Problems of evil

I. I wasn’t raised in a religious household, but I got interested in Buddhism at the end of high school, and in Christianity and a number of other traditions, early in college. Those were the days of the New Atheists, and of intricate wrangling over theistic apologetics. And I did some of that. I went,… Continue reading Problems of evil

The innocent gene

(Content warning: violence, spoilers for King Lear) “With this and that I tried to keep the bucket together, and then the bottom fell out. Where water does not collect, the moon does not dwell.” — Chiyono This post re-imagines Richard Dawkins’s description of evolution, with genes not as selfish agents, but as passive, innocent patterns, that don’t want… Continue reading The innocent gene

On future people, looking back at 21st century longtermism

“Who knows, for all the distance, but I am as good as looking at you now, for all you cannot see me?” – Whitman, Crossing Brooklyn Ferry Roughly stated, longtermism is the thesis that what happens in the long-term future is profoundly important; that we in the 21st century are in a position to have… Continue reading On future people, looking back at 21st century longtermism

Care and demandingness

People sometimes object to moral claims on the grounds that their implications would be too demanding. But analogous objections make little sense in empirical and prudential contexts. I find this contrast instructive. Some ways of understanding moral obligation suggest relevant differences from empiricism and prudence. But the more we see moral life as continuous with… Continue reading Care and demandingness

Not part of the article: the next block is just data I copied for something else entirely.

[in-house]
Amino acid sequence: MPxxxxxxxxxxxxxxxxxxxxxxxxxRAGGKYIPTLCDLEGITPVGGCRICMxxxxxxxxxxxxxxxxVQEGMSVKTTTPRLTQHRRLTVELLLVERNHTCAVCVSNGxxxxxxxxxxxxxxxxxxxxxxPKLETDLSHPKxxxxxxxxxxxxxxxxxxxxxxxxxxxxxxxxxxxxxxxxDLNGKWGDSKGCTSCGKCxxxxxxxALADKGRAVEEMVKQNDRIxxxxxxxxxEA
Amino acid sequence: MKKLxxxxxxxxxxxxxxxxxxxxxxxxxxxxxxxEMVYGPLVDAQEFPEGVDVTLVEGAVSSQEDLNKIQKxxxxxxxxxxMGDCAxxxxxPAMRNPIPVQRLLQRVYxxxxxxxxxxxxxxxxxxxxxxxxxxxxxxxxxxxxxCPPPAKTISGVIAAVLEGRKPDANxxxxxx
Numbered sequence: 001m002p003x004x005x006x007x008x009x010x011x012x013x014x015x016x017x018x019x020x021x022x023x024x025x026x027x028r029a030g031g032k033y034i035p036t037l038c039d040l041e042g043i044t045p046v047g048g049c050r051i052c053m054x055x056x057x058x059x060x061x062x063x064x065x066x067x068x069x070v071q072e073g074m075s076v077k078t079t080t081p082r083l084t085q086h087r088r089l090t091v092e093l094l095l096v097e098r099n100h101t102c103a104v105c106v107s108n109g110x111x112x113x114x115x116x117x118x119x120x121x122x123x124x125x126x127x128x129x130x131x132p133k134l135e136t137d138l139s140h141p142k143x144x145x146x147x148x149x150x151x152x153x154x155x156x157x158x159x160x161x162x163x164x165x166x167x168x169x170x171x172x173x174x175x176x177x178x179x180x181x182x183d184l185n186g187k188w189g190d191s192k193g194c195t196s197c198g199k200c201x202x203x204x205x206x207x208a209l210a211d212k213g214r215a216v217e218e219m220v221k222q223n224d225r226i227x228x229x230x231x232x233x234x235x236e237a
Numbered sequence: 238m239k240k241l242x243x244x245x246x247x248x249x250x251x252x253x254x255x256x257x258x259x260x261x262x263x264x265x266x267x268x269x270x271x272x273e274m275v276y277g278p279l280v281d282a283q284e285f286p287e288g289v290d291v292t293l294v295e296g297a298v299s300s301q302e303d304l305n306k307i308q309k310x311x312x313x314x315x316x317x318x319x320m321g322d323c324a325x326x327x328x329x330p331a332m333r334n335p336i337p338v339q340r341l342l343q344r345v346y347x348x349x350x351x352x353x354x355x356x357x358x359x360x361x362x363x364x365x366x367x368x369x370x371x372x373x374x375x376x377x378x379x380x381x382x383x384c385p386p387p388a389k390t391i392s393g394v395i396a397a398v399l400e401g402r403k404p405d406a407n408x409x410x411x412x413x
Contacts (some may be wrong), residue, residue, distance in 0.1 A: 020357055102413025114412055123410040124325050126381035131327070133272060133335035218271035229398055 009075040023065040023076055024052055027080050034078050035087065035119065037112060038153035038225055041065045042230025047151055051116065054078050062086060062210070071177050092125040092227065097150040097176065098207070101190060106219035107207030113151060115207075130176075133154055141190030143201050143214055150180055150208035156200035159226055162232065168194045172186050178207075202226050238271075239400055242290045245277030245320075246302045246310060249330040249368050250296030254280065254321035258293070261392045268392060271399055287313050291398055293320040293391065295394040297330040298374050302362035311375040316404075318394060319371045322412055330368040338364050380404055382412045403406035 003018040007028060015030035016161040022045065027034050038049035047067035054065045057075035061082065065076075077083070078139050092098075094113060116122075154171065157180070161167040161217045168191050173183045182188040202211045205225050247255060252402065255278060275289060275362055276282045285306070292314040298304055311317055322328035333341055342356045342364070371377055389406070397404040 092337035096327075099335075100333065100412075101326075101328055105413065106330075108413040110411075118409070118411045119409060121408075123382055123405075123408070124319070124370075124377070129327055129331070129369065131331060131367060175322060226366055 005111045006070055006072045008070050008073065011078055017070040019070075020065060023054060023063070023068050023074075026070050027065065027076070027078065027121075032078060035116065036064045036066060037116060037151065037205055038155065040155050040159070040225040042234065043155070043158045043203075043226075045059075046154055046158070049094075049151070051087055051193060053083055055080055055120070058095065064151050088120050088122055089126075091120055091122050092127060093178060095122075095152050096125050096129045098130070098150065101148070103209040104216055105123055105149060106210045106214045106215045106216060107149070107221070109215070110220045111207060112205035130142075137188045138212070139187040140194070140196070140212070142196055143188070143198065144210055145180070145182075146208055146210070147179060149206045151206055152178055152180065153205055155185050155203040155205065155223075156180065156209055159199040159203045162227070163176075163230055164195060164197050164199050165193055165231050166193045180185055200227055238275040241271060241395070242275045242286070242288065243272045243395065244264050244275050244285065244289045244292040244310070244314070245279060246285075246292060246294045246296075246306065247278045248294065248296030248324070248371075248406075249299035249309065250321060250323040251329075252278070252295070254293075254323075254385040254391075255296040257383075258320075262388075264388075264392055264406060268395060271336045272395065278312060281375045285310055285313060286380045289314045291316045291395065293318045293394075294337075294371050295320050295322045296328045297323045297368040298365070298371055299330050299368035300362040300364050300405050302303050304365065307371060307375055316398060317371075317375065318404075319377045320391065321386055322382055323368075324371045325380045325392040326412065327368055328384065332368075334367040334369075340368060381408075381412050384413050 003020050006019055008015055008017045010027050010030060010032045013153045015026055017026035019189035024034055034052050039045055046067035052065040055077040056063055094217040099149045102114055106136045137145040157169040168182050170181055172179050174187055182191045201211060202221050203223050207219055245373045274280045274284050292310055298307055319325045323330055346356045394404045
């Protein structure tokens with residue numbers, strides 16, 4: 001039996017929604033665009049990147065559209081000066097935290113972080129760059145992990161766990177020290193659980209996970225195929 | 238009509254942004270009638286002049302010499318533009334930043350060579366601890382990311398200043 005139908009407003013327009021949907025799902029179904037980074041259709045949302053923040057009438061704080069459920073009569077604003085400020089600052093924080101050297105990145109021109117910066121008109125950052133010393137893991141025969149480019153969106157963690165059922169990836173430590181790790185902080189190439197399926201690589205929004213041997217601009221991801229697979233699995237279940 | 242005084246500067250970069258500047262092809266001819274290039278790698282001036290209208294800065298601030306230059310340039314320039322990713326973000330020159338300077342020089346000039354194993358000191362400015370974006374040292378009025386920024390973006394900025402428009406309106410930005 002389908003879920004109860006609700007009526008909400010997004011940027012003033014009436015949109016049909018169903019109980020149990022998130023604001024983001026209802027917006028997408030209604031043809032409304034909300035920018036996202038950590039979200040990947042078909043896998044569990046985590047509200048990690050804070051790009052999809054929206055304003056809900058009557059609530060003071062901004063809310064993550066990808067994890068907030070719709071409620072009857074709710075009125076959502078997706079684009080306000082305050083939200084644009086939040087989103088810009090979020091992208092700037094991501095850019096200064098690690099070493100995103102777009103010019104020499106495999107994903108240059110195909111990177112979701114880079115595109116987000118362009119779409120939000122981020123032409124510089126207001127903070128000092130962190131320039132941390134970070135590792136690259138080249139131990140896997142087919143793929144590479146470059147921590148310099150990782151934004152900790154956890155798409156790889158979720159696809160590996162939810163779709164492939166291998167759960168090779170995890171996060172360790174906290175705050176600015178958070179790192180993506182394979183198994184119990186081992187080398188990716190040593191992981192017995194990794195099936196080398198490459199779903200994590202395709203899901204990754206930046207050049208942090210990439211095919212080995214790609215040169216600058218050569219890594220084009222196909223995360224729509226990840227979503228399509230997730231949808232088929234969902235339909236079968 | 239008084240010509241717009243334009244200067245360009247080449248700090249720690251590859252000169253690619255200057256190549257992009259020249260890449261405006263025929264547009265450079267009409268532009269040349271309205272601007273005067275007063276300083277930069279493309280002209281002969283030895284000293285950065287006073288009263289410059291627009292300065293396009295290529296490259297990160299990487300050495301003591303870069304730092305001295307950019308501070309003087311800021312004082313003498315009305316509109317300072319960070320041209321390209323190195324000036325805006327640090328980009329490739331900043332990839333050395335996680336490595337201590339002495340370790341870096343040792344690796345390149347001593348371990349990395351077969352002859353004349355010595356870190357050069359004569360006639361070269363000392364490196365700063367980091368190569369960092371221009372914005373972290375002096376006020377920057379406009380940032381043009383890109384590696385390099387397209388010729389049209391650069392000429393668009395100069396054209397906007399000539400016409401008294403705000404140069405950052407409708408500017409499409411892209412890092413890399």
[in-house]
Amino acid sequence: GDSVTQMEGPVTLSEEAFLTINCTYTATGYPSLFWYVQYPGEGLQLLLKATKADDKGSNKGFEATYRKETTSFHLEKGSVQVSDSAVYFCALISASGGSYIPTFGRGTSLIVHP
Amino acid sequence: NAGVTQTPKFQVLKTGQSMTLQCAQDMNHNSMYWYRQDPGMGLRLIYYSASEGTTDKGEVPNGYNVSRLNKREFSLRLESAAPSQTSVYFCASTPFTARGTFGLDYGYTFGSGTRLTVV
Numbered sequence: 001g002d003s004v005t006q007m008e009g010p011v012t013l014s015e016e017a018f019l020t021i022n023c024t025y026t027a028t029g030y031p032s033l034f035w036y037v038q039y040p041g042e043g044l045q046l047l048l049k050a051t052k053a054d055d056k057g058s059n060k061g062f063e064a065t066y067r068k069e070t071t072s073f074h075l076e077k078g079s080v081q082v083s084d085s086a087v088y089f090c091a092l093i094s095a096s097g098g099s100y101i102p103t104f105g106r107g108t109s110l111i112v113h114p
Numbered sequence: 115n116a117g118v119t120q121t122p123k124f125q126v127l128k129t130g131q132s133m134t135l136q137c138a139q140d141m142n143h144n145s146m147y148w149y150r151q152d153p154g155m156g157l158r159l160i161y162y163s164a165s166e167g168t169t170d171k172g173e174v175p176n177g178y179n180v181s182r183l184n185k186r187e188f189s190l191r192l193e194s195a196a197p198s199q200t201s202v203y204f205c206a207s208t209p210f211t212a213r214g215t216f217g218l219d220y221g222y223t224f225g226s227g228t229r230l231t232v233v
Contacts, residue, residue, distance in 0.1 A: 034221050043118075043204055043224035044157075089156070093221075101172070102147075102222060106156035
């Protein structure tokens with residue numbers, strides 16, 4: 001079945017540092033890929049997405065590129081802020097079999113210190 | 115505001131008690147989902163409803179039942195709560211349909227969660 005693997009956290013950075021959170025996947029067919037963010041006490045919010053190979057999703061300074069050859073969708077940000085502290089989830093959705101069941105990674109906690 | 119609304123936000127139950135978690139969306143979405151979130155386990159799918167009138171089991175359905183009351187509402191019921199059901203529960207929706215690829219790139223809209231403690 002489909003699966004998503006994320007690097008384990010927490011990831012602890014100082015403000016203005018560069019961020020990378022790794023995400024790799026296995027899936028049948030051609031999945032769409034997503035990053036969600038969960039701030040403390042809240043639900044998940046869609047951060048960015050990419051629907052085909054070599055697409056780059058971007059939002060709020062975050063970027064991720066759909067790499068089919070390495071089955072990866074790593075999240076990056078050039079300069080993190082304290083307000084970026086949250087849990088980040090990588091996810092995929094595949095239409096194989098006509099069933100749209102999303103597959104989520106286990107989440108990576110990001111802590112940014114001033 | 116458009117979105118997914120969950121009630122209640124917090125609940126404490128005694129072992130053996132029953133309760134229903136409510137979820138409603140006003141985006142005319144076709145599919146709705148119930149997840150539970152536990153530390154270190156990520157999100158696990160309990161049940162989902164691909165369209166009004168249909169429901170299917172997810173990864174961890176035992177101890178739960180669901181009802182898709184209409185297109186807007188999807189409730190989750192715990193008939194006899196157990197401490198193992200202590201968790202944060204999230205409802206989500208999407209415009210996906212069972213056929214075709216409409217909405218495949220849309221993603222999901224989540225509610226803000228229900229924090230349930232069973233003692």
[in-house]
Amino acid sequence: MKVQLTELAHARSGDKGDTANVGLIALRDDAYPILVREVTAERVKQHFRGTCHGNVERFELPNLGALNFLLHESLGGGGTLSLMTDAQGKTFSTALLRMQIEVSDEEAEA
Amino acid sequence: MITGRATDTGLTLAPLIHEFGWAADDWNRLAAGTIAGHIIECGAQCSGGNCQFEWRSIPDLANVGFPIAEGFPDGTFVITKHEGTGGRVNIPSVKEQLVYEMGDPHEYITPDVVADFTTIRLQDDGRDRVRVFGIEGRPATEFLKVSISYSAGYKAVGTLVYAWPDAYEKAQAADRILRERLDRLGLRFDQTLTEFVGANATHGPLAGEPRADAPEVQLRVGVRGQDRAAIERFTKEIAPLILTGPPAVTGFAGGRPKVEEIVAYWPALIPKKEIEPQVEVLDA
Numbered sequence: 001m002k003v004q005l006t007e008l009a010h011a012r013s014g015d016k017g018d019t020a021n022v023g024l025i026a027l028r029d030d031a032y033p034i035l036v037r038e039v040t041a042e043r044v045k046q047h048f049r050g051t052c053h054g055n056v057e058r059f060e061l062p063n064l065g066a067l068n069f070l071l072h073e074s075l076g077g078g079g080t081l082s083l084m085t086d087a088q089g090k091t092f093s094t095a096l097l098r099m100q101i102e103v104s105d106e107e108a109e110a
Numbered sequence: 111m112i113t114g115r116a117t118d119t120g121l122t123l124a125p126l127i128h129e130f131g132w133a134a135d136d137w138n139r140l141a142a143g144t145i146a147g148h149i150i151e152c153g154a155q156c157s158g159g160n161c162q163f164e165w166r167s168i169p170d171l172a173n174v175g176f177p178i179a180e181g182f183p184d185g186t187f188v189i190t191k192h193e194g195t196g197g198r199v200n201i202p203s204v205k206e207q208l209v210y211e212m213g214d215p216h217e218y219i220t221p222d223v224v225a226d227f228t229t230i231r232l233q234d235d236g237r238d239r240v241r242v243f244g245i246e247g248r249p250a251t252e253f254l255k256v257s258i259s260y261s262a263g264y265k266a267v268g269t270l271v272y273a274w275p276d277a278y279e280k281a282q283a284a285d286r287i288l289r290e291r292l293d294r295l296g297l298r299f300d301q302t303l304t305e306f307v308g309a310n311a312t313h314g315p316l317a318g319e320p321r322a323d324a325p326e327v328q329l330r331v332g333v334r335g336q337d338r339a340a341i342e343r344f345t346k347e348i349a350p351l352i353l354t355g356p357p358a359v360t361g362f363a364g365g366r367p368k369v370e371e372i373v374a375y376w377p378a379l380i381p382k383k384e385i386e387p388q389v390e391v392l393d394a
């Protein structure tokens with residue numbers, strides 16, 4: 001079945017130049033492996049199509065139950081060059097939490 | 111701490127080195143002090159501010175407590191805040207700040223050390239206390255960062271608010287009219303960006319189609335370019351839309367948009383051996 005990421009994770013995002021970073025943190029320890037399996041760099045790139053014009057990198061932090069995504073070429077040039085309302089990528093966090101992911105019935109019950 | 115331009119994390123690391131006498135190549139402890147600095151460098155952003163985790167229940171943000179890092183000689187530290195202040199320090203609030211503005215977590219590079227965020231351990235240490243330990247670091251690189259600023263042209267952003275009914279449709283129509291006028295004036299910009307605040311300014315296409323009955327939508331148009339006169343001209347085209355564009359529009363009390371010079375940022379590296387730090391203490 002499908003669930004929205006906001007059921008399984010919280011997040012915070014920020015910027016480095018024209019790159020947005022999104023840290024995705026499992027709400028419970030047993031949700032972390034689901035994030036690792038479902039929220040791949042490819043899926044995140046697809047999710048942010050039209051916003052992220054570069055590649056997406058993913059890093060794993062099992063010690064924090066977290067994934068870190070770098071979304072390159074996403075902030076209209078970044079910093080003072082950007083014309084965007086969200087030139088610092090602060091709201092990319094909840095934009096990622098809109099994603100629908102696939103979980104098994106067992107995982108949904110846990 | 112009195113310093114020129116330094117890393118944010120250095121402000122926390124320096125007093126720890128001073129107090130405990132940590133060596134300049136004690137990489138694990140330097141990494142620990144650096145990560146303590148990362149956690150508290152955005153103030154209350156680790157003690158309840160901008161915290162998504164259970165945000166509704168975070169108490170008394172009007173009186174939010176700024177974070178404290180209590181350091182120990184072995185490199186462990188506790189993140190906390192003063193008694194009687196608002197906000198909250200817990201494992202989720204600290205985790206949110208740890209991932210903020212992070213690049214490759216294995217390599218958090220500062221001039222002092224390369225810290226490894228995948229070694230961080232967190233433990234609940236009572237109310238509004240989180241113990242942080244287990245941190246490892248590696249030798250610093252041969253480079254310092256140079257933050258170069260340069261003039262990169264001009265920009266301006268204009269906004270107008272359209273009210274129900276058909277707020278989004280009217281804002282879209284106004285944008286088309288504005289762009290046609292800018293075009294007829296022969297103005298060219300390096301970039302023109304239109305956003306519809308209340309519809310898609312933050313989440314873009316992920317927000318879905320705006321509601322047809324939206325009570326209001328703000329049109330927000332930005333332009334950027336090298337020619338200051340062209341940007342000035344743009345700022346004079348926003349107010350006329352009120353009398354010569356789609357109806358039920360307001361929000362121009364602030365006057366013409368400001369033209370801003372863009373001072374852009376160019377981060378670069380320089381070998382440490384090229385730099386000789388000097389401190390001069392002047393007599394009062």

Two types of deference

This post distinguishes between two different ways of deferring to future humans who understand a lot more about the world than we do. I. Some futuristic minds Consider a futuristic version of human civilization, in which human-like capacities for cognition and understanding have dramatically improved. Let’s say, in particular, that humans have figured out how… Continue reading Two types of deference

Contact with reality

In thought experiments descended from Nozick’s classic “experience machine,” you consider how being plugged into a machine that generates the experience of a certain kind of life (generally, a very pleasant one) compares with some alternative. Such comparisons are meant to tease apart the purely experiential aspect of life from other factors — in particular,… Continue reading Contact with reality


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